In September 2010, a pipeline incident in San Bruno, California, was caused by a rupture to an underground natural gas transmission pipeline. Unfortunately, there was significant damage to people, property, and the environment.
Following an investigation by the National Transportation Safety Board (NTSB), one of the recommendations to PHMSA was to require that all operators of natural gas transmission and distribution pipelines equip their SCADA systems with tools to assist in recognizing and pinpointing the location of leaks, including line breaks. While this has long been required for liquid pipelines, PHMSA is now evaluating how to apply this requirement to gas pipelines.
The NTSB recommendation noted that such tools could include a real-time leak detection system and appropriately spaced flow and pressure transmitters along covered transmission lines.
Nearly a decade since the San Bruno incident, NTSB reminded pipeline operators of the importance of using real-time data to support leak detection.
In the 2019-2020 “Most Wanted List,” the NTSB included open recommendation P-11-010 that calls for PHMSA to continue driving toward final guidelines to support the use of real-time data in leak detection.
The Facts on This NTSB “Most Wanted List” Item
Safety Recommendation P-11-010 from the NTSB to PHMSA officially requires: “All operators of natural gas transmission and distribution pipelines equip their supervisory control and data acquisition systems with tools to assist in recognizing and pinpointing the location of leaks, including line breaks; such tools could include a real-time leak detection system and appropriately spaced flow and pressure transmitters along covered transmission lines.”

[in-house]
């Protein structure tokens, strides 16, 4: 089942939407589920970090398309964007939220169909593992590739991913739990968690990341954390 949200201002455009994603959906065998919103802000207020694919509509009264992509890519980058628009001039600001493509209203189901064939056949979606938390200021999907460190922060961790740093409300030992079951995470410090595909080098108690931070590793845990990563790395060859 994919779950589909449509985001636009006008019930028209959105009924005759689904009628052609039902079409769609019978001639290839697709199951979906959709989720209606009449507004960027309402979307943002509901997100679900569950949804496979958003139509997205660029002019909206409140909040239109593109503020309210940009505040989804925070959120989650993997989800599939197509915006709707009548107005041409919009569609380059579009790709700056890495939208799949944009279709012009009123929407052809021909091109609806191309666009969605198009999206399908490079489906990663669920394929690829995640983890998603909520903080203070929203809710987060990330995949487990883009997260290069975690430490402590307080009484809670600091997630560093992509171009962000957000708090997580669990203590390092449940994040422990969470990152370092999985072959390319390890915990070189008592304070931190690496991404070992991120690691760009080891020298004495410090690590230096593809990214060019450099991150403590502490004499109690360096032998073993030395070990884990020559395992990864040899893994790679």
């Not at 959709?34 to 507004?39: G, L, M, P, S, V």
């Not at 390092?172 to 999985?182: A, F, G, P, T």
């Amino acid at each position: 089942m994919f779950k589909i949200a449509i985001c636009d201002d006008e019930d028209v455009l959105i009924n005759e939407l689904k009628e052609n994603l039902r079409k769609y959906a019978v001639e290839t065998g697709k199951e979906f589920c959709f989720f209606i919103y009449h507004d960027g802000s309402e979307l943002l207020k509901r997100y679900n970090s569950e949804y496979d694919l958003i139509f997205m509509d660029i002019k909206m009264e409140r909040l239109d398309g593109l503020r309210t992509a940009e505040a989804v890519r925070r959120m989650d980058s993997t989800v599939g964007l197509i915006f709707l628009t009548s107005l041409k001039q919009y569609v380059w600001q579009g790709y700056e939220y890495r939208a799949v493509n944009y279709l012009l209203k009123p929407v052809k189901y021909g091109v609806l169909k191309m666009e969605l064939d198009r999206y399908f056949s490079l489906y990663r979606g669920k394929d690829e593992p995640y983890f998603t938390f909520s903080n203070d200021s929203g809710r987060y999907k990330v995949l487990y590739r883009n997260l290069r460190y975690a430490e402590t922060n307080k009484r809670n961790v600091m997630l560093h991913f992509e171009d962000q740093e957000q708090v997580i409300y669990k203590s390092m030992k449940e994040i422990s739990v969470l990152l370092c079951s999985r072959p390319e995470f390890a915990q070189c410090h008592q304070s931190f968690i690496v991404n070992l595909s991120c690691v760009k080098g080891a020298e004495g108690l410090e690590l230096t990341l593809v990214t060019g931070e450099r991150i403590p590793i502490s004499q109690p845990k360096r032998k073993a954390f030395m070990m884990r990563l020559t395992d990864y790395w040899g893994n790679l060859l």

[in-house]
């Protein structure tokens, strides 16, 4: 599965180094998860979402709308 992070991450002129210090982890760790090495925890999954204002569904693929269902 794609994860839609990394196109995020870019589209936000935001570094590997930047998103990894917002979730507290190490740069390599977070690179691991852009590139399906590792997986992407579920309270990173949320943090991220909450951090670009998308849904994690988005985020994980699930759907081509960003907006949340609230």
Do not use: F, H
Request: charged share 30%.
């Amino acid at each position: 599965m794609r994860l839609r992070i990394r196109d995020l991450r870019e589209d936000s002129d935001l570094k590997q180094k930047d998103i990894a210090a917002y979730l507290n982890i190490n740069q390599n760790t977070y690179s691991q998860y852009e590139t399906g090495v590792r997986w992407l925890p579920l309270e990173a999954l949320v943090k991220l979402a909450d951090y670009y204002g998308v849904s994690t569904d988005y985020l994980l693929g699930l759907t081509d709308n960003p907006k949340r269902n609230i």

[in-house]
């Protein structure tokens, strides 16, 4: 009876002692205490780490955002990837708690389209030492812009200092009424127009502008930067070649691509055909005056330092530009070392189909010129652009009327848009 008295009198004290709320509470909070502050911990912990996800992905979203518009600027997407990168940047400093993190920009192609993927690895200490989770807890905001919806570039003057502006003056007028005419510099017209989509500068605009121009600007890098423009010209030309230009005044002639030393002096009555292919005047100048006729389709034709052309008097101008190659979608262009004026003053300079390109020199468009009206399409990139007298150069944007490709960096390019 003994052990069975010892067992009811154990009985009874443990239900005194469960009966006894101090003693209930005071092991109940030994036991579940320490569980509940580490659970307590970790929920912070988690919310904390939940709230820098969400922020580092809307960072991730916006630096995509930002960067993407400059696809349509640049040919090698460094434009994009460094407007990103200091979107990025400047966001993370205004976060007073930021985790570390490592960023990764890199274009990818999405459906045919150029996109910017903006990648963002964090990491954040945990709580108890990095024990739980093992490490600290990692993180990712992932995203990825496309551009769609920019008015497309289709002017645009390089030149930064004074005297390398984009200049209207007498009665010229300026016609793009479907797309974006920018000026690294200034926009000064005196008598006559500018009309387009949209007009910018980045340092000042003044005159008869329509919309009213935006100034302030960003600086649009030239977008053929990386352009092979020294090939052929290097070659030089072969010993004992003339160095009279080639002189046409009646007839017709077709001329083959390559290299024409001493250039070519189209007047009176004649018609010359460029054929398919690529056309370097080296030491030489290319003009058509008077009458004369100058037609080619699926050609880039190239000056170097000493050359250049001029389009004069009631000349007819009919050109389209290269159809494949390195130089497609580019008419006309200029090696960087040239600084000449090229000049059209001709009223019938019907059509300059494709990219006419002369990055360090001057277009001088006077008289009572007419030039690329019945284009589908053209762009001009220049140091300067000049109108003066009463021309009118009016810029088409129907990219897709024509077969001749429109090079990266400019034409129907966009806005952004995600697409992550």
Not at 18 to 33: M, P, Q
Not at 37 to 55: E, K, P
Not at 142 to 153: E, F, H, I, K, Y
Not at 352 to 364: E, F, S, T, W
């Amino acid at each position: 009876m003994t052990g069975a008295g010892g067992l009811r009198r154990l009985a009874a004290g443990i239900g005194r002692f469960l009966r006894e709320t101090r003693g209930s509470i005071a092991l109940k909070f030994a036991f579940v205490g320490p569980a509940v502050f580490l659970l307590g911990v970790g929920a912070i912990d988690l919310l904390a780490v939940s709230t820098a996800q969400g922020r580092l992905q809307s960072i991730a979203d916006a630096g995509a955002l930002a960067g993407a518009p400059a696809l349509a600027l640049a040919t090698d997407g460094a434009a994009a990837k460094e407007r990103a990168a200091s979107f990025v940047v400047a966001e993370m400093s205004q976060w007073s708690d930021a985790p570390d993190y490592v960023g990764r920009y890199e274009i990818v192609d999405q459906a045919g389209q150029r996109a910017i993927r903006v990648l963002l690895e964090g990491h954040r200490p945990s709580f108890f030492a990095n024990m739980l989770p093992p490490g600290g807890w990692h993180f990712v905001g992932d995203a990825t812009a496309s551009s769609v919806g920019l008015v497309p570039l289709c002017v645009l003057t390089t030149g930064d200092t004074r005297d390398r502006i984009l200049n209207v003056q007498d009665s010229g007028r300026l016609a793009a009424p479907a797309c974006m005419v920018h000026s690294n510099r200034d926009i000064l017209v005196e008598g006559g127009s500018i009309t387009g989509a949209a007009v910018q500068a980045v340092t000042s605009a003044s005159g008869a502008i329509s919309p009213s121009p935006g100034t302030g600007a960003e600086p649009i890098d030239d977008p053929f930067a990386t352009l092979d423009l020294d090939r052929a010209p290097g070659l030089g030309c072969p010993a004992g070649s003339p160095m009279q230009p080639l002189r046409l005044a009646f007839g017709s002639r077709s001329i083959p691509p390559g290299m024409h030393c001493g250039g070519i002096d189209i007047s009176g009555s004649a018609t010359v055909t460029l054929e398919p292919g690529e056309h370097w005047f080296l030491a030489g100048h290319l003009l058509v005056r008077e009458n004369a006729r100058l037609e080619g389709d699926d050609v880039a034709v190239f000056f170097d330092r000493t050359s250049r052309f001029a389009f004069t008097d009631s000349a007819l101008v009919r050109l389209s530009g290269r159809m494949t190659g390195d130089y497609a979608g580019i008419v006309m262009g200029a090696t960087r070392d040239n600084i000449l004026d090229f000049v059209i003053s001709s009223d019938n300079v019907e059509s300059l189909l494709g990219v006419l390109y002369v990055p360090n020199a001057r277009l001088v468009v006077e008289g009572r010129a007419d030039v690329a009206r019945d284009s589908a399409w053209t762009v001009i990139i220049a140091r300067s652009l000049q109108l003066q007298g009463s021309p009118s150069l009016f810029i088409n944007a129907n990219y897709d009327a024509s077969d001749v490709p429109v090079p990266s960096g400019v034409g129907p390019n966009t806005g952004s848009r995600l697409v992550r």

The recommendation was originally issued in 2011 following the San Bruno incident. What followed over the past several years were a series of exchanges between the NTSB and PHMSA, plus information gathered from industry to help draft a proposed rule.
In present time, PHMSA issued a Notice of Proposed Rulemaking (NPRM) titled “Pipeline Safety: Amendments to Parts 192 and 195 to Require Valve Installation and Minimum Rupture Detection Standards.” The NPRM is currently in review.
Why is P-11-010 Important for Pipeline Operators?
One of the most important reasons why this safety recommendation is important for pipeline operators is because operators need to ensure they have the optimal SCADA system to support the specific size, scope, and needs of the operation.
The main concern should be the reliability and compliance of the SCADA system. Operators cannot cover for an unreliable, outdated, or non-compliant SCADA system.
– To answer the question of whether the SCADA system is reliable, focus on the core essence of SCADA. Do you have the ability to perform supervisory control functions over each area of your operation and can you acquire data that is meaningful and actionable for decision-makers in the control room?
– To answer the question of compliance, take steps to ensure compliance with the current edition of API 1165 for HMI displays. At minimum, operators should have an updated HMI Philosophy, Style Guide, and Design Guide.